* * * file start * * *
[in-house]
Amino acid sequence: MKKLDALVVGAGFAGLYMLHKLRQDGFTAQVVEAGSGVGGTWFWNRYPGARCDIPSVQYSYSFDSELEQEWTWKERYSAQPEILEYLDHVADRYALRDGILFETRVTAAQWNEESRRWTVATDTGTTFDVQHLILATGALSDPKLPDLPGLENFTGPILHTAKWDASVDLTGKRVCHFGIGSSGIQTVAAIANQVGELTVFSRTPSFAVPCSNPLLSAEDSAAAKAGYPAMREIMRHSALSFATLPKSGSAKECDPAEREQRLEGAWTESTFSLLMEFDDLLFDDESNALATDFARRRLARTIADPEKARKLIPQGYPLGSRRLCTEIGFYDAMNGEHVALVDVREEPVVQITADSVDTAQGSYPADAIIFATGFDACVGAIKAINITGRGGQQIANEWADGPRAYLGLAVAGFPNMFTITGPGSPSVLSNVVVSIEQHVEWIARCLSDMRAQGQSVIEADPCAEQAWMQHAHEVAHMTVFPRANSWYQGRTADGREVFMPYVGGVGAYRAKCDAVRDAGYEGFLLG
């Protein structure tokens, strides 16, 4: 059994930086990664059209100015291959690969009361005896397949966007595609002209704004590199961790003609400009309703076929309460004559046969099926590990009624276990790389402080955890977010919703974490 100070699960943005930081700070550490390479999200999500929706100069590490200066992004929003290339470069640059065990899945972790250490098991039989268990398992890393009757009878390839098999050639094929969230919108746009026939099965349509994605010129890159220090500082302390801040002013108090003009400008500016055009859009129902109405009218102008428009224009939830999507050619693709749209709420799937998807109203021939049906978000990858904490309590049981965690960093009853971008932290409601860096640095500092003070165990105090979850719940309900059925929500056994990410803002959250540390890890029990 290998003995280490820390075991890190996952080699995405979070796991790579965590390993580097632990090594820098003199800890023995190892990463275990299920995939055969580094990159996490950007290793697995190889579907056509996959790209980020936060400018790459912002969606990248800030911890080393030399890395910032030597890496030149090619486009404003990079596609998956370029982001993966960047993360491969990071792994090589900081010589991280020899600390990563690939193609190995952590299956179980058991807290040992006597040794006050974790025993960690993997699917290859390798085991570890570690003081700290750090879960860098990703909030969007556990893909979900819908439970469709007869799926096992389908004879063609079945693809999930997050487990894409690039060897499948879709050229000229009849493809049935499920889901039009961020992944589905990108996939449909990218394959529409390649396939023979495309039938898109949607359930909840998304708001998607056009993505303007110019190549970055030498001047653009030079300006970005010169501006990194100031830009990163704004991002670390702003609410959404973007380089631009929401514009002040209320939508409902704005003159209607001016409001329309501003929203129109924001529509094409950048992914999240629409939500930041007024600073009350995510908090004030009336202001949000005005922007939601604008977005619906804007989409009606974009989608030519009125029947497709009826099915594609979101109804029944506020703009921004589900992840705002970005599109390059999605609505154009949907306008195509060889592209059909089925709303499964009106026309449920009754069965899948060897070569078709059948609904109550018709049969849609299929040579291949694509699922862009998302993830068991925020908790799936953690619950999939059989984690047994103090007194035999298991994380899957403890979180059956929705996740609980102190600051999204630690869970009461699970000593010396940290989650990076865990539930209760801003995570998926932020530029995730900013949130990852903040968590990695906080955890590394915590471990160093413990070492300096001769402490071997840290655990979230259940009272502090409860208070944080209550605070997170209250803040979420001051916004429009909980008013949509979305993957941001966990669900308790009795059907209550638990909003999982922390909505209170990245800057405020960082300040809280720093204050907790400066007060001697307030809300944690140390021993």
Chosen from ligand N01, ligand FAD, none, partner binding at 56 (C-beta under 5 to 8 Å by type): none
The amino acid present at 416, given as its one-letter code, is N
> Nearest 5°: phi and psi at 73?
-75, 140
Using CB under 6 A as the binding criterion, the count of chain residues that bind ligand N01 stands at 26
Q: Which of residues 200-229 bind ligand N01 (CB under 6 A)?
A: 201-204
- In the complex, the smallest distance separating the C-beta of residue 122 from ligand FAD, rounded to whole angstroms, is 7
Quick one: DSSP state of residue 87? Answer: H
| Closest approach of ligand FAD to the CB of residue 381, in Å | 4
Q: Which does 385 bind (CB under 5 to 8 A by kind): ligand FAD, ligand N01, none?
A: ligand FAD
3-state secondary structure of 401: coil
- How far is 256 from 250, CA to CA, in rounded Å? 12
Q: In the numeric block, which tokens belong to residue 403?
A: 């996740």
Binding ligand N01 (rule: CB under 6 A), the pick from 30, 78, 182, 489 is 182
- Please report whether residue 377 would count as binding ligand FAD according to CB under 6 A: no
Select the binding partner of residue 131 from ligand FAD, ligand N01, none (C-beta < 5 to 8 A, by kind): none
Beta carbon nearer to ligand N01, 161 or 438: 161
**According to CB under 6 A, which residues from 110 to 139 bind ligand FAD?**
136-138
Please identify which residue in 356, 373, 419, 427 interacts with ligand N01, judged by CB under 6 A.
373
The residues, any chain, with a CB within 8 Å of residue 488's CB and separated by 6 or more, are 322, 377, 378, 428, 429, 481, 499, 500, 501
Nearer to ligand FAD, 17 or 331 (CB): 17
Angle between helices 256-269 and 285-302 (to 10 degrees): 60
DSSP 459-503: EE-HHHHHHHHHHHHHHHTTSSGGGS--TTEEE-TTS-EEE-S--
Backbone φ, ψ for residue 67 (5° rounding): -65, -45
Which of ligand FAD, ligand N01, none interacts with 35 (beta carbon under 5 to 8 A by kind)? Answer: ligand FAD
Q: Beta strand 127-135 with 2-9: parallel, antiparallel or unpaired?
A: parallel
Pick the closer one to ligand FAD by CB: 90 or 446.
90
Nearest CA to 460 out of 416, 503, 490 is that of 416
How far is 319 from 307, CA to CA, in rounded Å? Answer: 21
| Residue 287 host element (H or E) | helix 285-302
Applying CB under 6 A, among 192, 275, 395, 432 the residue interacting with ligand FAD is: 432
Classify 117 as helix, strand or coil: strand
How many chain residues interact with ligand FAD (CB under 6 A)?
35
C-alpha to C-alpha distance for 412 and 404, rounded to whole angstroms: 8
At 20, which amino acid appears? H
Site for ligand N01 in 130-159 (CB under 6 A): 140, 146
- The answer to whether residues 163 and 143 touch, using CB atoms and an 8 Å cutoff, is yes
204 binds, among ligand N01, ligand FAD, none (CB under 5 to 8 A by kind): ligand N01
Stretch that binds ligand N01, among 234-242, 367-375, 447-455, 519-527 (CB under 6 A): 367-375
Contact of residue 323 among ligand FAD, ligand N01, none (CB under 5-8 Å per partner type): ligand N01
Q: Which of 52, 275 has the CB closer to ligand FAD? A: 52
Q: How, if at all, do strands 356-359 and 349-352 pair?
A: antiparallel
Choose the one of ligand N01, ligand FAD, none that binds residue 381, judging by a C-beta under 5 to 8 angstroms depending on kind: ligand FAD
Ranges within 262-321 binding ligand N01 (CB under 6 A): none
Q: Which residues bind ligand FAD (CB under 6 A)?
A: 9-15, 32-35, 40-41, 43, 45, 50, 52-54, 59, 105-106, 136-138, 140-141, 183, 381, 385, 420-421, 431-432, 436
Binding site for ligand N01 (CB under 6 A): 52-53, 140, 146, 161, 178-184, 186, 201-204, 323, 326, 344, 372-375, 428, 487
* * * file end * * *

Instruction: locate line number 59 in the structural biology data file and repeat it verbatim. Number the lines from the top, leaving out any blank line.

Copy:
Binding site for ligand N01 (CB under 6 A): 52-53, 140, 146, 161, 178-184, 186, 201-204, 323, 326, 344, 372-375, 428, 487